2010: The year more people looked at a photo of Kanye West’s purported penis than bought his album. Or any album. #HashtagDays
Kanye West’s Saturday Night Live appearance—surrounded by dozens of half-dressed figures, many of whom I suspect were actual women with, like, lives and personalities—was an allegory for his record as a critical phenomenon: The pretty sounds and garish pomp distracted the audience from the emptiness at its core. If you looked closely, you saw an insecure monomaniac, a mediocre rapper responsible for some of the worst lyrics in hip-hop, desperately seeking the approval of authority. A recognizable rock ’n’ roll type, to be sure. No less manufactured but more talented by a few orders of magnitude, Taylor Swift nailed her stage-crashing chart-mate in a triumph of passive aggression: “Your string of lights are still bright to me.” Just don’t mistake them for evidence of habitation.
Hearing Nicki Minaj smoke everybody on “Monster” made me think that either Kanye is a true gentleman (despite evidence to the contrary), or he’s longing for a woman who will kick his ass.
New Paltz, NY
Kanye’s fundamental project has been to pitch a tantrum about the White Privilege thing that America has been successfully glossing over since the first Tea Party. Not even the bells and whistles of “Power” could obscure this: “In this white men’s world, we the ones that’s chosen.”
The critical success of My Beautiful Dark Twisted Fantasy proved that the intelligentsia prefers a Rewarding Mess from a trusted artist of quality (Kanye) than a Polished Artistic Statement from a prolific schemer (Diddy).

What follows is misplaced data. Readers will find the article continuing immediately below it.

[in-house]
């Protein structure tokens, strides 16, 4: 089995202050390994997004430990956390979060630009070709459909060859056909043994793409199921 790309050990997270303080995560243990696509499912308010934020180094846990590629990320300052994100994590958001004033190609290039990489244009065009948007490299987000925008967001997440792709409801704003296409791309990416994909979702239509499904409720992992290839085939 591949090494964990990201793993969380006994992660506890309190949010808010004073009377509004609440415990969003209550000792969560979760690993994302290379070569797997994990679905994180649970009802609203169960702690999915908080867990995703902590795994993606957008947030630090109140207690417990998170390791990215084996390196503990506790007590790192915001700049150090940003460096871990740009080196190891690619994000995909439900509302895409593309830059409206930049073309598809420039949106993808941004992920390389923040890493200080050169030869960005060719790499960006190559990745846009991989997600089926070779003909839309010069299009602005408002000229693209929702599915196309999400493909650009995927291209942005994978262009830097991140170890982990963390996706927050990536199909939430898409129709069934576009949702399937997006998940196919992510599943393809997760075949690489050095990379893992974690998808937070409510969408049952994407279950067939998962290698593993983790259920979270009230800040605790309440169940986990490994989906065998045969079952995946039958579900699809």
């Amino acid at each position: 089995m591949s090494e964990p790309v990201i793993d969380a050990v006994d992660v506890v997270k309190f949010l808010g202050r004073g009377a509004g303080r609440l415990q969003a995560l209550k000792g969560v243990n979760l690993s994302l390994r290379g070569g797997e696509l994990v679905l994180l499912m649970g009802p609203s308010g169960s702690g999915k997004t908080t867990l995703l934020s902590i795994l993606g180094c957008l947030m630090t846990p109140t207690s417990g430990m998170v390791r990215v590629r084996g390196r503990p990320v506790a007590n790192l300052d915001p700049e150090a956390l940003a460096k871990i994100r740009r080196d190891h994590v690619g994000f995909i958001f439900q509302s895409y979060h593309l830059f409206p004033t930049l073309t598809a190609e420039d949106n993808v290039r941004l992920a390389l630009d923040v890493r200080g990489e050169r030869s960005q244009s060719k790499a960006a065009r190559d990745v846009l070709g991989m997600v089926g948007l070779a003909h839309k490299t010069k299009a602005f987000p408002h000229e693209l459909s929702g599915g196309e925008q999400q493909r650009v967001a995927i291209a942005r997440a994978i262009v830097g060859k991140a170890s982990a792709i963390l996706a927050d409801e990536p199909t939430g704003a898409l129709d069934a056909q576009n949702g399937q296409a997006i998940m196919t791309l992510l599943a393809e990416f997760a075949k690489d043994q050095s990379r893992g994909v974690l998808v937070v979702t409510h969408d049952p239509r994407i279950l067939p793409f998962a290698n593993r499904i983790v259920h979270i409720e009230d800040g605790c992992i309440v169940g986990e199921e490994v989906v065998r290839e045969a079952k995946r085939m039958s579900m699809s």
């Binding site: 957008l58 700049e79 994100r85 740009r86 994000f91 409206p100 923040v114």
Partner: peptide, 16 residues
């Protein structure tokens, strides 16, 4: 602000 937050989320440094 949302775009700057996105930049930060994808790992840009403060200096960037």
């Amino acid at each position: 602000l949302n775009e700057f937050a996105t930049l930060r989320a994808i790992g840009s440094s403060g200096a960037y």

When I first heard Kanye West’s “Runaway,” I thought about the douchebags, but subsequent listens, for me, revealed one of the saddest songs of 2010, sadder than any emotion Taylor Swift tries to drum up—or really anyone else. Emotions still win.
New York, NY
I almost feel bad for Pusha T on “Runaway,” basically drafted for the purpose of playing Kanye’s monstrous id, one last glimpse of the type of womanizing cad-demon he’s explicitly trying to exorcise. And just when you think it’s over, when the strings have swollen as high as they can rise, we hear the coda: three minutes of beautiful noise, with orchestral accents placed opposite a synthesizer solo that reveals itself, toward the end, to be just Kanye’s voice run through an overloaded vocoder. He keeps on talking, but at some point, it just becomes noise. “Runaway” gives the listener some hope that Mr. West might actually be—gasp!—growing up.
Single #1: Kanye West, “All of the Lights.” If you can hear him, Elton John sounds great on this.
New York, NY
Ghostface Killah, Apollo Kids: While Kanye West was busy making a great King Crimson album, Ghostface was quietly making a great Kanye West album.
Kanye West is the Don Draper of hip-hop: the arrogant, ostensible alpha-male sad sack who makes an ass out of himself at awards shows, then, like clockwork, pulls an ace out from his sleeve (Don’s bravura pitch to the American Cancer Society, Kanye dropping My Beautiful Dark Twisted Fantasy) that instantly reminds us why we keep tuning in. The opening stretch of Mad Men’s fourth season (let’s say, pre–“The Suitcase”) is rather like 808s & Heartbreak: lots of moping, soul-searching, and boozy stabs at self-actualization, prompted, naturally, by their complicated relationships with the myriad women in their lives. Then Don courts (and dumps) the too-good-for-him Faye, and Kanye embraces an inner douchebag he’s through trying to disguise (as does Don, really, in the season finale). And to complete the analogy: Jay-Z = Roger Sterling, Nicki Minaj = Peggy Olsen, Rihanna/Fergie = Joan Harris, Pusha T = Pete Campbell, and Rick Ross = Bert Cooper.
I’m sure that everybody voted for “Fuck You,” but I think the way you voted for it says a lot more. Which of these are you? “Fuck You,” “F*** You,” “Forget You,” or “Forget You (Glee Cast)”?
All I want for Christmas is for “Drunk Girls” to be banned from frat-party playlists.
Last January, I read Rachael Maddux’s thoughtful, exhaustive “Is Indie Dead?” cover essay in Paste. In August, I saw Arcade Fire and Spoon at Madison Square Garden. It felt like a New Orleans jazz funeral. Rest in Peace, darling.